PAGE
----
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COMPUTING -- Battling bugs . . .
The software-writing mistakes known as "bugs" can be a pain for even the simplest applications, forcing developers to go through their code line by line to find and fix errors. These bugs become far more serious when the applications are written for the world's most powerful supercomputers, as leading scientific applications can be tens of thousands of lines long and run on hundreds of thousands of processors simultaneously. In response, a collaboration between Oak Ridge National Laboratory (ORNL) and software toolmaker Allinea Software has produced a formidable weapon in the fight against application bugs. When it is released this summer, Allinea DDT will allow programmers to analyze applications running 220,000 simultaneous processes and identify problems as they arise. "This project means application developers have a chance to debug their code in a reasonable amount of time at scale," said ORNL Application Performance Tools Group leader Richard Graham. "They won't have to write special case code to debug things, and go through the process of debugging the debug code. It lets you get at information that's very time-consuming to get at otherwise." [Contact: Leo Williams, (865) 574-8891; email@example.com]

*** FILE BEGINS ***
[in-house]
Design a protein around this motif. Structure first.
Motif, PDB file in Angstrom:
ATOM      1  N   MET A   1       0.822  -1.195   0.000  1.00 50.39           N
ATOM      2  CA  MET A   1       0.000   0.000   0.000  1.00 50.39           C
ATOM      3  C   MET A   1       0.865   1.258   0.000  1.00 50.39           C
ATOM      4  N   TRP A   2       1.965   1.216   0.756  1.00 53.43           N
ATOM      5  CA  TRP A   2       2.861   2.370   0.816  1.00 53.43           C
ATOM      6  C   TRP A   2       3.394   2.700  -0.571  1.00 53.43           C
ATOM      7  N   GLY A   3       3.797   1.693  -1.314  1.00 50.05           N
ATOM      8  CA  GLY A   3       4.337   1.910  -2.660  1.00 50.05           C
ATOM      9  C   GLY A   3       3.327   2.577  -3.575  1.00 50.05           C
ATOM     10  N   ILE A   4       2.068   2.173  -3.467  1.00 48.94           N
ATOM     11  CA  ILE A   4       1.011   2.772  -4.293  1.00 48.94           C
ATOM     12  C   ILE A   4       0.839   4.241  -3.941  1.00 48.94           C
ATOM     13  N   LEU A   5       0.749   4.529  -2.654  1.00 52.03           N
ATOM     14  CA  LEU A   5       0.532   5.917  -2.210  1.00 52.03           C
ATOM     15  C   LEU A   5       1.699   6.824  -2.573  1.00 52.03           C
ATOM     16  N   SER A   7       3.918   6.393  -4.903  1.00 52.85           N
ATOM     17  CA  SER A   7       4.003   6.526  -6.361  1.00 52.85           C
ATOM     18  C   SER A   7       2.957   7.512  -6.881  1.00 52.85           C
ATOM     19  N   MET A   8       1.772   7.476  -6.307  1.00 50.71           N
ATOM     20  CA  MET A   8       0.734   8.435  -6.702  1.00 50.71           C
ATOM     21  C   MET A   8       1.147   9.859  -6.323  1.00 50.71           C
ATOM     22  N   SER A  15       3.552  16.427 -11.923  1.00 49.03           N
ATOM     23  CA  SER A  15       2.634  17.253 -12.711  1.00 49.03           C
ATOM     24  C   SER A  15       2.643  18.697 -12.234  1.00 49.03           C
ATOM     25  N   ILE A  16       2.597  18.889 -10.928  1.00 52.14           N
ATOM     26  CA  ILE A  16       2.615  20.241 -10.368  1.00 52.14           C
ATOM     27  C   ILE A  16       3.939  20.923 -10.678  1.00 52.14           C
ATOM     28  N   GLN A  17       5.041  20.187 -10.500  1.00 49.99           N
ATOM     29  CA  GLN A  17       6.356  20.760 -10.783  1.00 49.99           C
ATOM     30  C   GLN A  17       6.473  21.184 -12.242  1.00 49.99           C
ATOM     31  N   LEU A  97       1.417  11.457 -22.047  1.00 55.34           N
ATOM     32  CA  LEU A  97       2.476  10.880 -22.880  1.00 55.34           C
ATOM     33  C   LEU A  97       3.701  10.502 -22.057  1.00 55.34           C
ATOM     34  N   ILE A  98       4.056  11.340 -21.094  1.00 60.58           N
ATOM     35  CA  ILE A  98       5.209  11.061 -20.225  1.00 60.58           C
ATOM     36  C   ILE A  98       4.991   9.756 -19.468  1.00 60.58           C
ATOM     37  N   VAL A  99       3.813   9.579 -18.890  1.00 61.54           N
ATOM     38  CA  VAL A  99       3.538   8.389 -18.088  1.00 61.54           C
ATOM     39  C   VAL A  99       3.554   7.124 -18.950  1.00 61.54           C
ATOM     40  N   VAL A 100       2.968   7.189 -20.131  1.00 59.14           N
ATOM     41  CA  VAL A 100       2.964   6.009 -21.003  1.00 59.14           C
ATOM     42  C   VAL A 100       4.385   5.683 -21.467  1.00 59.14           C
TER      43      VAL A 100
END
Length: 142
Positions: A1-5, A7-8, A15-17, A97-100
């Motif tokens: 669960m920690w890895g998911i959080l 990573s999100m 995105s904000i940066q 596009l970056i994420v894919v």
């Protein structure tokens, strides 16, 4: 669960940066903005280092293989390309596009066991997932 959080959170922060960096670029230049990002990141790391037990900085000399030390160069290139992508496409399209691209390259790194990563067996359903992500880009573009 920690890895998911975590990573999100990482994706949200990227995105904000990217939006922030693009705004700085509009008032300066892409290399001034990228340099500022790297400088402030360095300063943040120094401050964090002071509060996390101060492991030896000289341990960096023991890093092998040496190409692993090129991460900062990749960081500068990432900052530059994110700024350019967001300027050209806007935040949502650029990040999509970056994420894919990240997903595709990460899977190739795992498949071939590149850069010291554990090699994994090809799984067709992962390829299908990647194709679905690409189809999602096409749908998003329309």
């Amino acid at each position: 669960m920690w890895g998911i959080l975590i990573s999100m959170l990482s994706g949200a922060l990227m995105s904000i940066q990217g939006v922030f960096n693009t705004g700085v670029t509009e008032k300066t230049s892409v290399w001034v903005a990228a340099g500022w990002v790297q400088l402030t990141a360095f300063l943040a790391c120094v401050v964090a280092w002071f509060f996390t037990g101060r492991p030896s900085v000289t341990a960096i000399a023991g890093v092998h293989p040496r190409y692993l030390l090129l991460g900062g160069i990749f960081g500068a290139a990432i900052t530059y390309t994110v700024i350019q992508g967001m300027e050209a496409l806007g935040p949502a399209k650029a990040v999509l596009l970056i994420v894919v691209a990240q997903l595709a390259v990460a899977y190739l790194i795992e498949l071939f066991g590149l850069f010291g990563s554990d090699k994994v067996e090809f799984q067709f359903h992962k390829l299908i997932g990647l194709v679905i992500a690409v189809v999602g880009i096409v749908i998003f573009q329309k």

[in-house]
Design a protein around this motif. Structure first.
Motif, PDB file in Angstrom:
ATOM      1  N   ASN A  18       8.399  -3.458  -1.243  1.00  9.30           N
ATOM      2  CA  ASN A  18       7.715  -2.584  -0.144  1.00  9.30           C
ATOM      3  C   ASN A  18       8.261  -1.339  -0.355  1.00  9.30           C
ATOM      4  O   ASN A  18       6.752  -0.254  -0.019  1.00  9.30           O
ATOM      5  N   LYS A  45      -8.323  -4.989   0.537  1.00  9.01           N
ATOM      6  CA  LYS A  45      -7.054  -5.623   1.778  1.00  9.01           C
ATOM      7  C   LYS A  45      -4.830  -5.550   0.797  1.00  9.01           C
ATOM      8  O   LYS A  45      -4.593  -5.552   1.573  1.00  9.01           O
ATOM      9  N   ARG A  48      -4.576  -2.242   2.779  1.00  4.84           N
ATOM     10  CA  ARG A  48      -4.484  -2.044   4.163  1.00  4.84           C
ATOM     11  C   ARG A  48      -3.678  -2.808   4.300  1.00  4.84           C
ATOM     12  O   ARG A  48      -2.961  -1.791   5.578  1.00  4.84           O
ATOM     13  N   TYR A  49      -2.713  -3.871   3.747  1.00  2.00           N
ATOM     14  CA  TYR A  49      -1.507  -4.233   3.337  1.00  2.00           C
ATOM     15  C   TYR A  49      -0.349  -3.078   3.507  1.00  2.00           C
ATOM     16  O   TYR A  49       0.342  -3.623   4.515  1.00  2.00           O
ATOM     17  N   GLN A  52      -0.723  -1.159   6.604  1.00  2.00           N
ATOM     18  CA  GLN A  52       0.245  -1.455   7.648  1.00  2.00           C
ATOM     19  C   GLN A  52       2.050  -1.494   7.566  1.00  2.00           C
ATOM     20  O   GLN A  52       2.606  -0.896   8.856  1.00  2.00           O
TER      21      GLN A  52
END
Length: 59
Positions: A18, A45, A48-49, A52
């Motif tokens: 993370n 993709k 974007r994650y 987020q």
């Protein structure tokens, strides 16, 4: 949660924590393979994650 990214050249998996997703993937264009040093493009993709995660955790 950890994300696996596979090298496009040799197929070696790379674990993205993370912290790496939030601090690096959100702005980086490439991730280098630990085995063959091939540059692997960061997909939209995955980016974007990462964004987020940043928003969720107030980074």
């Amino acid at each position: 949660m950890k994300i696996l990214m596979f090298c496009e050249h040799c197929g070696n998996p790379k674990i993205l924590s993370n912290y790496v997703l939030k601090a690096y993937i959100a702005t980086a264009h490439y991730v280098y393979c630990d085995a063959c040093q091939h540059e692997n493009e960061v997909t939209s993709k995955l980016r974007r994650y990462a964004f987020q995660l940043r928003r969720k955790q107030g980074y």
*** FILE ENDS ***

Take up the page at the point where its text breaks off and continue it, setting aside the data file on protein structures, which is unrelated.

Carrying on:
DATA -- Bird watching by satellite . . .
By using a data analysis tool developed at Oak Ridge National Laboratory, satellites can help researchers study birds flying through your backyard. Scientists from ORNL's Distributed Active Archive C
|Contact: Ron Walli|
DOE/Oak Ridge National Laboratory